Trading away Incentives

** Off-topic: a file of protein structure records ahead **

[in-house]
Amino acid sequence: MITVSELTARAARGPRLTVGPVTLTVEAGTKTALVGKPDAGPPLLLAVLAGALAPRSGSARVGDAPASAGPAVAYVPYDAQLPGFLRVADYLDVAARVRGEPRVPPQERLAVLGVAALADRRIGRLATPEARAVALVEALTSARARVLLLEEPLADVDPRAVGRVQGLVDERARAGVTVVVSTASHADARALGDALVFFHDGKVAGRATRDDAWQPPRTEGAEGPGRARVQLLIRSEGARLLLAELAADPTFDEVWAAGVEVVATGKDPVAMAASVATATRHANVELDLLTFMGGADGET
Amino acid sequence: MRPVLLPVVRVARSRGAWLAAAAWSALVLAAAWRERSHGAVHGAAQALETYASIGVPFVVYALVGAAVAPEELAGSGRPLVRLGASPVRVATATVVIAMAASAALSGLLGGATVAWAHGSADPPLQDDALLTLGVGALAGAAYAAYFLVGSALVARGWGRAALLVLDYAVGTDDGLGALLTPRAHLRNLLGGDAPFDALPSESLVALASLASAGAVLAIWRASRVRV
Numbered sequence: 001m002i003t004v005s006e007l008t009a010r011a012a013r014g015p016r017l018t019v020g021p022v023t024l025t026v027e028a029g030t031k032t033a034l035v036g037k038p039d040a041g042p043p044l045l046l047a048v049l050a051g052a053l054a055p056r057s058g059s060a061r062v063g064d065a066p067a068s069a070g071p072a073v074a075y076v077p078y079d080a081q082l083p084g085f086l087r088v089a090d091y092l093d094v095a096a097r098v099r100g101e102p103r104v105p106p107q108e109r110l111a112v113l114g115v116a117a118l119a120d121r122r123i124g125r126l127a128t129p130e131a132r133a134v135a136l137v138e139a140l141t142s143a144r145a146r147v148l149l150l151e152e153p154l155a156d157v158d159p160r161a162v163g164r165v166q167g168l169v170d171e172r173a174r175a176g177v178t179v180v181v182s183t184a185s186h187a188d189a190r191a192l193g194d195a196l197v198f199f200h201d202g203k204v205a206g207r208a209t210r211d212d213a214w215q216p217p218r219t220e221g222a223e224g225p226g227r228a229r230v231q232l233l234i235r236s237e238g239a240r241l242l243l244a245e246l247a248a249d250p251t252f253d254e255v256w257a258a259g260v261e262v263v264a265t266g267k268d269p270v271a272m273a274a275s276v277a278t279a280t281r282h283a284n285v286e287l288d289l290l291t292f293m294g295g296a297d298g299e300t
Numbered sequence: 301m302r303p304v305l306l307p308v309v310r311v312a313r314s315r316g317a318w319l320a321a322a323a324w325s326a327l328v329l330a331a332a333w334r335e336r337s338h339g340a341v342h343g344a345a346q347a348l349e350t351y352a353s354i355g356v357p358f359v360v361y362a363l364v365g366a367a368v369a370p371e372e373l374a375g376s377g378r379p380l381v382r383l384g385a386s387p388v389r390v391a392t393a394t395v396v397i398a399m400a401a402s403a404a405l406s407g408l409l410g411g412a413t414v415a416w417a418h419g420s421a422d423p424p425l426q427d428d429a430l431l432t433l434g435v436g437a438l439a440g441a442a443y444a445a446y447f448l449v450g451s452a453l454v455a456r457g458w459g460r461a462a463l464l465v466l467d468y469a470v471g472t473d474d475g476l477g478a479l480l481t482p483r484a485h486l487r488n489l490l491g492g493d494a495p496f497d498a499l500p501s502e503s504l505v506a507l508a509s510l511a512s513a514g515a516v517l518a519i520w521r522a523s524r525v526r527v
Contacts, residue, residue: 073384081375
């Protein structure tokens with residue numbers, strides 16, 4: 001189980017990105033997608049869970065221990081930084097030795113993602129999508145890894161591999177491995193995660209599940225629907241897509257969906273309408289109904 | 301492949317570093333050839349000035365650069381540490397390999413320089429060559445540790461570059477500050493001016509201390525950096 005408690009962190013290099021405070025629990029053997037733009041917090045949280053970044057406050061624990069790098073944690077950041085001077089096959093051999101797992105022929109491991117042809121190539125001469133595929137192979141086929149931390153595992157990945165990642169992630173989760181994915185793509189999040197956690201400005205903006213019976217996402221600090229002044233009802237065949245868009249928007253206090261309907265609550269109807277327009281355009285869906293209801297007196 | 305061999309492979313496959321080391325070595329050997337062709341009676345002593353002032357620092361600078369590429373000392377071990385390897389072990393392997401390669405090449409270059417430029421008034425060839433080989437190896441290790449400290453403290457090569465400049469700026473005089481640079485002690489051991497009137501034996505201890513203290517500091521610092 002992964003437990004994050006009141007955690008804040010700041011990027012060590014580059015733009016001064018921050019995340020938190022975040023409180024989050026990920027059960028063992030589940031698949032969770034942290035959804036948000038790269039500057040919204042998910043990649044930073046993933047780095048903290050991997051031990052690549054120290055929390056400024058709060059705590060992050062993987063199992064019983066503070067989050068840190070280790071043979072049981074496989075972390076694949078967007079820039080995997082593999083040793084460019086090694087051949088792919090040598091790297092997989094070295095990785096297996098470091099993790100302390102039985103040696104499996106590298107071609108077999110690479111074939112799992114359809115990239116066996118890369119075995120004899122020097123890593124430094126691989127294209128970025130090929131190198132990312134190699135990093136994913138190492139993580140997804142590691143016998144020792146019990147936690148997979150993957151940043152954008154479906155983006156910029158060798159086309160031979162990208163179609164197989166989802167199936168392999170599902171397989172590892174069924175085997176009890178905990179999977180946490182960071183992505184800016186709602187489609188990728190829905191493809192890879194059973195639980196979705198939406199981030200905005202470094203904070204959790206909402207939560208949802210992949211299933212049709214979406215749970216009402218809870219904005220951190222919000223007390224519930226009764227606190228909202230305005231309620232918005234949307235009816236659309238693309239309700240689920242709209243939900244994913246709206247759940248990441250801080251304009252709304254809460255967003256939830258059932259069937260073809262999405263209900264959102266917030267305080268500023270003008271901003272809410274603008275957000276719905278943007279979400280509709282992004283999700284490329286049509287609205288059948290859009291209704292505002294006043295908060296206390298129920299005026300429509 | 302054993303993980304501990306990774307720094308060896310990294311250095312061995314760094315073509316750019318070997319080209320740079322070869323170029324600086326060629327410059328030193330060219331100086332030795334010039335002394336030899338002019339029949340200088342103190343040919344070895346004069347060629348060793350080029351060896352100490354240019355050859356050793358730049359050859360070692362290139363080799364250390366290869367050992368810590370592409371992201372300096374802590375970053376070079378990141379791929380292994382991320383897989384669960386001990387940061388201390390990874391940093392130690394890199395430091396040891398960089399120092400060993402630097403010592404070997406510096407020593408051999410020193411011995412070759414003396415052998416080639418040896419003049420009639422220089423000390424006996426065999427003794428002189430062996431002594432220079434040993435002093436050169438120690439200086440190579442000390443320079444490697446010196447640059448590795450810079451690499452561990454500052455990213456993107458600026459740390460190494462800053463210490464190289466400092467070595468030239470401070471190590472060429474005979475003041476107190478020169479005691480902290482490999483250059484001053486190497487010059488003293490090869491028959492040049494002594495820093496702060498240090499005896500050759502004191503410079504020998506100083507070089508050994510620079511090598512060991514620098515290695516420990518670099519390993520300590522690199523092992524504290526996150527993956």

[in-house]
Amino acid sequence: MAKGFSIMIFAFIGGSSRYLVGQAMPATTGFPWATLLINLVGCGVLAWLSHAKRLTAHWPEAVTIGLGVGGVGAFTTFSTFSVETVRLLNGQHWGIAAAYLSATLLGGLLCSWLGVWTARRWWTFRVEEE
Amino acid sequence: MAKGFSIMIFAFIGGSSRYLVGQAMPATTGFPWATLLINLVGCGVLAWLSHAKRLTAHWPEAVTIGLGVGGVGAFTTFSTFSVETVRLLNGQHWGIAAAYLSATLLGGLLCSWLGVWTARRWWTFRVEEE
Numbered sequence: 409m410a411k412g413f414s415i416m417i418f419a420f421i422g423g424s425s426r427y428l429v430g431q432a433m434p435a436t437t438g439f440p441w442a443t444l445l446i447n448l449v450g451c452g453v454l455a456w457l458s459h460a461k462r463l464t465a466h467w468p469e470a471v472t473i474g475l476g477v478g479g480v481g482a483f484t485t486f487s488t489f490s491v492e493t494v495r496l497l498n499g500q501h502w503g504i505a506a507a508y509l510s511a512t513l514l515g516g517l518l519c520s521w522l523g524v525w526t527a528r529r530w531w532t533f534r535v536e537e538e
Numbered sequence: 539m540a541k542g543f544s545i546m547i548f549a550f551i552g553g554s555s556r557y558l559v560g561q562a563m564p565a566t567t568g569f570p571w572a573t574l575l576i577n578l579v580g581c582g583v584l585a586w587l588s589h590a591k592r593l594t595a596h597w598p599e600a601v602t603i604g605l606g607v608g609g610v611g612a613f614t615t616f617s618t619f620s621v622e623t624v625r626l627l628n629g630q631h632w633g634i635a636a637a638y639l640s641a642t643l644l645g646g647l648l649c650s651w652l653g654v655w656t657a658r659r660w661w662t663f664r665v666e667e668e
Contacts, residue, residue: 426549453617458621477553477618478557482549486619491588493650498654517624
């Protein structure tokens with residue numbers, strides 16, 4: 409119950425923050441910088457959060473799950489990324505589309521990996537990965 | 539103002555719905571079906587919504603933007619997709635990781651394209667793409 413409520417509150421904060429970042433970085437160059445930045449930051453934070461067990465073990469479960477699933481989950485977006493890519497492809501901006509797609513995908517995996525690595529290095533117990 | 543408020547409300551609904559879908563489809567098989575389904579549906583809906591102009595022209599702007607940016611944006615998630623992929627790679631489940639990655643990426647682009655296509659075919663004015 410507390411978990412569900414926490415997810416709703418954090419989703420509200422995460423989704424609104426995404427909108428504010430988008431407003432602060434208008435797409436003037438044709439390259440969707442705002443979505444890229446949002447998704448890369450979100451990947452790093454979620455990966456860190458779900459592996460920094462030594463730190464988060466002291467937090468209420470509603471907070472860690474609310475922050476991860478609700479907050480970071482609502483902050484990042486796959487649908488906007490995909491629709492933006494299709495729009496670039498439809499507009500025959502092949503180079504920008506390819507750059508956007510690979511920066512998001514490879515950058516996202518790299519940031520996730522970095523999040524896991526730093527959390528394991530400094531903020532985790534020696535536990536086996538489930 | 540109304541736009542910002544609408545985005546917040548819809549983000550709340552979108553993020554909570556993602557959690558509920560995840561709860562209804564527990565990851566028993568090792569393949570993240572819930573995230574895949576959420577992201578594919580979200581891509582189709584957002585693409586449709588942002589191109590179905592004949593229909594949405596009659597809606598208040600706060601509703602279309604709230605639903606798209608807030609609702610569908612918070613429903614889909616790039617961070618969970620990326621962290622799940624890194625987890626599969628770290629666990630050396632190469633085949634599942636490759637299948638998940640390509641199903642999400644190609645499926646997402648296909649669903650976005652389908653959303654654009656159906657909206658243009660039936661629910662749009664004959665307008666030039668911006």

Equity pay has been the primary component of managerial compensation packages at US public firms since the early 1990s. Using a comprehensive sample of top executives from 1992-2020, we estimate to what extent they trade firm equity held in their portfolios to neutralize increments in ownership due to annual equity pay. Executives accommodate ownership increases linked to options awards. Conversely, increases in stock holdings linked to option exercises and restricted stock grants are largely neutralized through comparable sales of unrestricted shares. Variation in stock trading responses across executives hardly appears to respond to diversification motives. From a theoretical standpoint, these results challenge (i) the common, generally implicit assumption that managers cannot undo their incentive packages, (ii) the standard modeling practice of treating different equity pay items homogeneously, and (iii) the often taken for granted crucial role of diversification motives in managers’ portfolio choices.